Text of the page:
D.Heilbrunn, while it would seem intuitive that a leader would gain confidence when working beside another dog of similar talent, my observation with my leaders is that they seem to be more confident when running single than when beside another dog. Perhaps less confusion about which one is correct when responding to a gee/haw cue?
In any event, I plan to keep it up for the rest of the season, letting my LITs (leaders in training, I have several) run in swing (point) behind these good single leaders. I think they may actually learn the cues and expected behavior better as their view of the world ahead isn't so obscured by the tails and butts of the dogs they are following.
||Posted - 03/14/2014 : 07:13:44 AM
For speed racing 2 are better then one i feel,if one slips(they do) or falls off the side of a packed trail into soft the other leader helps get them back on track quickly.
My first leader(1973) was an exellent command dog that a very well know elderly trapper willed to me and she was a single leader and could evan run in front of the team bout 100 feet and take commands.
I have been beat in a speed race by single leaders before--just not often.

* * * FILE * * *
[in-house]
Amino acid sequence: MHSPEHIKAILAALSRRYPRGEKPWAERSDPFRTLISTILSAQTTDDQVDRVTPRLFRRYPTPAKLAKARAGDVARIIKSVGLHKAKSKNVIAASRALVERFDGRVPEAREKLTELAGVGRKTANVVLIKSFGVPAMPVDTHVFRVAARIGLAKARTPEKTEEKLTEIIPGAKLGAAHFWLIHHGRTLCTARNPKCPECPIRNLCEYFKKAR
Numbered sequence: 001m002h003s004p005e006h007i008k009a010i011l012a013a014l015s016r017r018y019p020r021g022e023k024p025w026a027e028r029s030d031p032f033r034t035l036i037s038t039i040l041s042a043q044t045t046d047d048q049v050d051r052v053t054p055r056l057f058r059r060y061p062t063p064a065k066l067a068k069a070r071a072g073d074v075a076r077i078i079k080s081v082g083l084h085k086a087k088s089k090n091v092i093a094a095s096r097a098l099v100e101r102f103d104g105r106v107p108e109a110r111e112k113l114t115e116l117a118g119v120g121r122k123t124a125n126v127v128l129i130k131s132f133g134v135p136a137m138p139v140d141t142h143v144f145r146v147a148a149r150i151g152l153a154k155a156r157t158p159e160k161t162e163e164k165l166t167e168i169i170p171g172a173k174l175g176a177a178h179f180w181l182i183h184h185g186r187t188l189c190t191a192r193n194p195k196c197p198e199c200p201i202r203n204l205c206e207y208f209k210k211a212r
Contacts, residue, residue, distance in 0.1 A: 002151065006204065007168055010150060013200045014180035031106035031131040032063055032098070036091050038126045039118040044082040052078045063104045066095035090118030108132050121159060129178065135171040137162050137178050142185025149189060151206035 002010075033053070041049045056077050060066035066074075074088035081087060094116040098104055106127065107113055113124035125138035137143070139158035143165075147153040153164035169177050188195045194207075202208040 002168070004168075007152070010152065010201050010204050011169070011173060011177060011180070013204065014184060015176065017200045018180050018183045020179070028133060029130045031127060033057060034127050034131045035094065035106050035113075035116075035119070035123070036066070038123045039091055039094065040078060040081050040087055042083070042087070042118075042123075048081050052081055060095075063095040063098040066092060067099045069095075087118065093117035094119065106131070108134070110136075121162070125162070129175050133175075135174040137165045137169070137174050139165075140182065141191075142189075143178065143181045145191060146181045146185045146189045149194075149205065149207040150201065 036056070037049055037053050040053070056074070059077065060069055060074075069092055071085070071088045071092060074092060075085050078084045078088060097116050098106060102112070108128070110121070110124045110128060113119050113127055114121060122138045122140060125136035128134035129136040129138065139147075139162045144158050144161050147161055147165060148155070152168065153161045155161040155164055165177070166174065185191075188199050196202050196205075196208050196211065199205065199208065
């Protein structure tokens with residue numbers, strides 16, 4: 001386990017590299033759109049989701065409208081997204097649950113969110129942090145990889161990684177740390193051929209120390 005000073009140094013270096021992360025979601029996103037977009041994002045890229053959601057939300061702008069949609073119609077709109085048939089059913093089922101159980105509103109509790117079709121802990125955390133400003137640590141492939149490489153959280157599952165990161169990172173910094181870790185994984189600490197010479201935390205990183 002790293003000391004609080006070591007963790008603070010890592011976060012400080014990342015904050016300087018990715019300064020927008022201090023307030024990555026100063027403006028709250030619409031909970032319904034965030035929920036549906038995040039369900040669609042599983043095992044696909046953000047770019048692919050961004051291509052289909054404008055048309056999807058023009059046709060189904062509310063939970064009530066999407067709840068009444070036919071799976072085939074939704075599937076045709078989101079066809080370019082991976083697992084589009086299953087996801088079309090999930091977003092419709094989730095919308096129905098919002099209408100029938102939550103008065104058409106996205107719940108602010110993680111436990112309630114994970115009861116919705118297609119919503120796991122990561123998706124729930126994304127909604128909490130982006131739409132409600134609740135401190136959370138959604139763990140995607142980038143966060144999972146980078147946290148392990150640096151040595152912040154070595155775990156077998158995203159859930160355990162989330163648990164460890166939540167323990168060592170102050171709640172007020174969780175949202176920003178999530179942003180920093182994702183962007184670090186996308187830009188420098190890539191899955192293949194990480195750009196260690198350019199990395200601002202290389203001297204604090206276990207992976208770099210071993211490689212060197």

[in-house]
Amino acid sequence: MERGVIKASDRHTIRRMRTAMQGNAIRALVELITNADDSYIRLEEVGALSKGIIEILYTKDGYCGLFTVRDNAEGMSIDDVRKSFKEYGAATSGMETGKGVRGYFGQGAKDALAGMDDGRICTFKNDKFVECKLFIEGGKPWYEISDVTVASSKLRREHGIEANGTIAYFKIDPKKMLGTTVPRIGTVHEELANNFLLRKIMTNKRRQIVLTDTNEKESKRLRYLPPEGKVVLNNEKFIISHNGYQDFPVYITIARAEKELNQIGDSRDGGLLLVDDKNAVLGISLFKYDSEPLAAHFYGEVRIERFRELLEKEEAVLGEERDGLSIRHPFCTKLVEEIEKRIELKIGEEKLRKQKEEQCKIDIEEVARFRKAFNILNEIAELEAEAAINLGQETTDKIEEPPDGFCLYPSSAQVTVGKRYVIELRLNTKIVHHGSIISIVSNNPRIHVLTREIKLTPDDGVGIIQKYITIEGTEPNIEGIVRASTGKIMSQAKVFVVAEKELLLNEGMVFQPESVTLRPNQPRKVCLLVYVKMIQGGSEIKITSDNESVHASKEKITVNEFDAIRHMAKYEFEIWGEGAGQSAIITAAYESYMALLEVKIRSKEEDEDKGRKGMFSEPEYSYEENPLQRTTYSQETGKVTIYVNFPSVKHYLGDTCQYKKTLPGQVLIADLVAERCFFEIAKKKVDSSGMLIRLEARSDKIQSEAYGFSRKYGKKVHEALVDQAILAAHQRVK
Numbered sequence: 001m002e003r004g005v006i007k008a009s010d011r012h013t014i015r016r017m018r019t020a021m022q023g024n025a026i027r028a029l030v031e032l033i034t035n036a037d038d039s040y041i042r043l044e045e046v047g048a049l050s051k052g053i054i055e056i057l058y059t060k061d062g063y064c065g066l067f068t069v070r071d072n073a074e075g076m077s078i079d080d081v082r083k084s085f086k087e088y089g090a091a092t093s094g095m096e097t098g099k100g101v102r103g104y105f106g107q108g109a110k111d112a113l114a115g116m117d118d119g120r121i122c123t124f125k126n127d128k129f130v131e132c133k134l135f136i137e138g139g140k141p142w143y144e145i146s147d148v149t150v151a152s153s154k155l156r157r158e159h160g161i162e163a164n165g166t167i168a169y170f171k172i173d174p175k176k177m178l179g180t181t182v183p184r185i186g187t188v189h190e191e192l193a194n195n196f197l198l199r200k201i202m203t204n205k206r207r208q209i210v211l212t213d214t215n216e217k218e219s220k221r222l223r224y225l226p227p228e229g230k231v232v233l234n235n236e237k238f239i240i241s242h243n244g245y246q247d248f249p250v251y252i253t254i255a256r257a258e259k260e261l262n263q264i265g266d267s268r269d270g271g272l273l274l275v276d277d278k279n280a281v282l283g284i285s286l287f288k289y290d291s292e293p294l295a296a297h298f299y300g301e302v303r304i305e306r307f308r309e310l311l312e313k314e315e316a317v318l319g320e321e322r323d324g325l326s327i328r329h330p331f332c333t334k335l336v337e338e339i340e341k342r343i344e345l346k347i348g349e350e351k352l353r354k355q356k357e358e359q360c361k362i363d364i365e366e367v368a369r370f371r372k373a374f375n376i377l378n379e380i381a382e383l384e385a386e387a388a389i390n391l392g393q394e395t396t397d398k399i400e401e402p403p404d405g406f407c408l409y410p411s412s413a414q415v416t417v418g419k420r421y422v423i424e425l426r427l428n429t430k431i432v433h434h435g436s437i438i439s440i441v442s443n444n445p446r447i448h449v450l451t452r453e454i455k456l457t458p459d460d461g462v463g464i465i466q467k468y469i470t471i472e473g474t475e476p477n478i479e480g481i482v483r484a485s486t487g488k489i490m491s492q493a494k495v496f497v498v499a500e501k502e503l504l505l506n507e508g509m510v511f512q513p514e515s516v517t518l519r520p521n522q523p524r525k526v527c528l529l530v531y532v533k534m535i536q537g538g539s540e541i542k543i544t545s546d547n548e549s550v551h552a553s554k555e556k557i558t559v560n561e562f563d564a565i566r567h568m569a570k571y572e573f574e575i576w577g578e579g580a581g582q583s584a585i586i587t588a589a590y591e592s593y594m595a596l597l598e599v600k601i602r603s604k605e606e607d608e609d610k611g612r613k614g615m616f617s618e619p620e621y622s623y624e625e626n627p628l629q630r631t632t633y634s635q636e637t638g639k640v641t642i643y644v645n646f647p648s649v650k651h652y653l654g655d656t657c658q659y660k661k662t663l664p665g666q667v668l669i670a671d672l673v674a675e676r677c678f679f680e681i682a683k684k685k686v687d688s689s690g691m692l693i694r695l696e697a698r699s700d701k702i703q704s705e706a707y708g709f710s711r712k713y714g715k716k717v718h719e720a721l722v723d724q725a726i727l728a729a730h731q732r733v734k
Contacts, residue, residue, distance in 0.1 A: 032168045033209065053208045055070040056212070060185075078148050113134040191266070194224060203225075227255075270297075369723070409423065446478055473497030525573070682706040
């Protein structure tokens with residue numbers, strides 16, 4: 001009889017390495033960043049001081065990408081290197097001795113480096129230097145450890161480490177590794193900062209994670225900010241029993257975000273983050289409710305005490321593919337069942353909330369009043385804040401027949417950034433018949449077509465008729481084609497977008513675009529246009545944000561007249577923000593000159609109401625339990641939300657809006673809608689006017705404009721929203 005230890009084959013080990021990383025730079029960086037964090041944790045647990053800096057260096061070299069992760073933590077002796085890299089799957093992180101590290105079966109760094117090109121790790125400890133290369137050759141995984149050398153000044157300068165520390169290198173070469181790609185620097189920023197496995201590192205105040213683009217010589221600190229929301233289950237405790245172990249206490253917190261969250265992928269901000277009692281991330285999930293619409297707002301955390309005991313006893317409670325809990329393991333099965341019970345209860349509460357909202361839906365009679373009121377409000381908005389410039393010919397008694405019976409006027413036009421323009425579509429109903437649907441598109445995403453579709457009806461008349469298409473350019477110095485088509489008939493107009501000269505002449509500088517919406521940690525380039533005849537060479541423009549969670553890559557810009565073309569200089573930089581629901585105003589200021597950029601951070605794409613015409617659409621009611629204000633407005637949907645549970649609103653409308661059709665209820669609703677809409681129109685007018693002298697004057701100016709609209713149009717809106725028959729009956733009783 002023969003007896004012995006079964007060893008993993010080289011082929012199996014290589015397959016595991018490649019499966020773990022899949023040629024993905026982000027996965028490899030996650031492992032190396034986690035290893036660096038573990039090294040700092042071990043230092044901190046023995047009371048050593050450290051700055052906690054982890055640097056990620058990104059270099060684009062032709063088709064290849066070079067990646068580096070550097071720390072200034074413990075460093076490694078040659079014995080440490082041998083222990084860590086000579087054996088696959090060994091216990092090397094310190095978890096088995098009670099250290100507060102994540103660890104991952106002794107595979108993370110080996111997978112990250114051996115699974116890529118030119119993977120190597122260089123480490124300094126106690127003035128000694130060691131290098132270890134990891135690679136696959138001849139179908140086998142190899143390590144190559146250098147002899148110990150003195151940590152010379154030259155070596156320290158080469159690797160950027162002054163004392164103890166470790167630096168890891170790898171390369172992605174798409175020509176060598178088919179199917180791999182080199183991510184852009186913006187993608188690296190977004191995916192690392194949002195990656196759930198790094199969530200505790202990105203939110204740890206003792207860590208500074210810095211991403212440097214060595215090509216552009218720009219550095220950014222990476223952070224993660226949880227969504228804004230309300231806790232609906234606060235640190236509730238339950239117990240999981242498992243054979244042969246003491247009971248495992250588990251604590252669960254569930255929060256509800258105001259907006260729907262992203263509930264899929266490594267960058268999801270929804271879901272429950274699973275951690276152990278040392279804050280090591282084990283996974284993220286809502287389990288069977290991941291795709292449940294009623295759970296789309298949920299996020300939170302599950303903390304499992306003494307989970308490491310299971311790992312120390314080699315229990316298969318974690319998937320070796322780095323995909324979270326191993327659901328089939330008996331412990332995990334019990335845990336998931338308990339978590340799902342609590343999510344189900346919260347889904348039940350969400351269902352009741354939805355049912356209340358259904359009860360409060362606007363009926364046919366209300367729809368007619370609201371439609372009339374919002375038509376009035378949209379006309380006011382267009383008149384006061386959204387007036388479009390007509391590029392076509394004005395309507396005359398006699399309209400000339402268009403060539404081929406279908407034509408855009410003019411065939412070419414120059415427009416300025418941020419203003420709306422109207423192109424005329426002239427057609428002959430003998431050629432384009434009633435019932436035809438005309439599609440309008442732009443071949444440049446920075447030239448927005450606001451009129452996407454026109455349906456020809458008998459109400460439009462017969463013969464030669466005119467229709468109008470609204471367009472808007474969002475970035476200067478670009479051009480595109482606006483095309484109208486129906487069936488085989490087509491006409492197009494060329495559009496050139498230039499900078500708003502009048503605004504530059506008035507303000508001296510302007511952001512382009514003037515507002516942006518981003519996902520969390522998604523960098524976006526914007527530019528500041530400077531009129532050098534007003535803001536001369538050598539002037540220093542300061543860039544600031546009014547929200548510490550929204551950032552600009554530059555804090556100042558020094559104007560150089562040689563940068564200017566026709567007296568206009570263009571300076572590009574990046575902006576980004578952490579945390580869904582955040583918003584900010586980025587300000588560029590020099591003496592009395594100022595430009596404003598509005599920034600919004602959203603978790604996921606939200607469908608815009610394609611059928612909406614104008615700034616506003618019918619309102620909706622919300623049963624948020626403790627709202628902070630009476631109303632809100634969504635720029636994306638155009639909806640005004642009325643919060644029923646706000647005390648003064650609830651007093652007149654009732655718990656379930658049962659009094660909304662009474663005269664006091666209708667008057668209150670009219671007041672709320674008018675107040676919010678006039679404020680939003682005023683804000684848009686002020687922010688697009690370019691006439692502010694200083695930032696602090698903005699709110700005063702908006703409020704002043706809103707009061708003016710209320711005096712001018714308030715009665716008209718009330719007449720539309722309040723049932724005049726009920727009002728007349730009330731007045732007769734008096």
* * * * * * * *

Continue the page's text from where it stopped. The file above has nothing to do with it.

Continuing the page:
||Posted - 03/13/2014 : 10:03:00 PM
The men who taught me how to mush used single leaders exclusively. The only reason they would hook up double leaders was for one to train the other. In fact, they would not honor a dog with the title "leader" unless it could lead a team all alone.
I think it started changing when trails got so darn good. If a team is scooting along on well defined trails the leaders don't really have to think, just keep ahead of the dogs behind them. When they come to a fork in the trail they either "gee" or "haw", only two choices.
When running a team in the absence of a defined trail it is very difficult for one musher to be on the same page as two lead dogs. I describe mushing across open country, on glare ice, or around obstacles as a dance. The dog will be asked to do much more than go left or right, they must dance with their musher. I love seeing leaders and mushers with that kind of connection. It is the pinnacle of animal/canine cooperation. Using my dancing analogy, have you ever seen three people waltzing together? I never have. Two dancers play off each other, feeling each others movements and responding to each other. Waltzing with three people would be too darn hard. Each dancer must react and feel the movements of two other people, making their movements fit the movements of two others. The dance would be jerky, uncoordinated, frustrating and ugly. This is exactly how it feels to navigate difficult country with two leaders. It's jerky, uncoordinated, frustrating and ugly. Much more fun to dance with one good partner, I mean Lead Dog.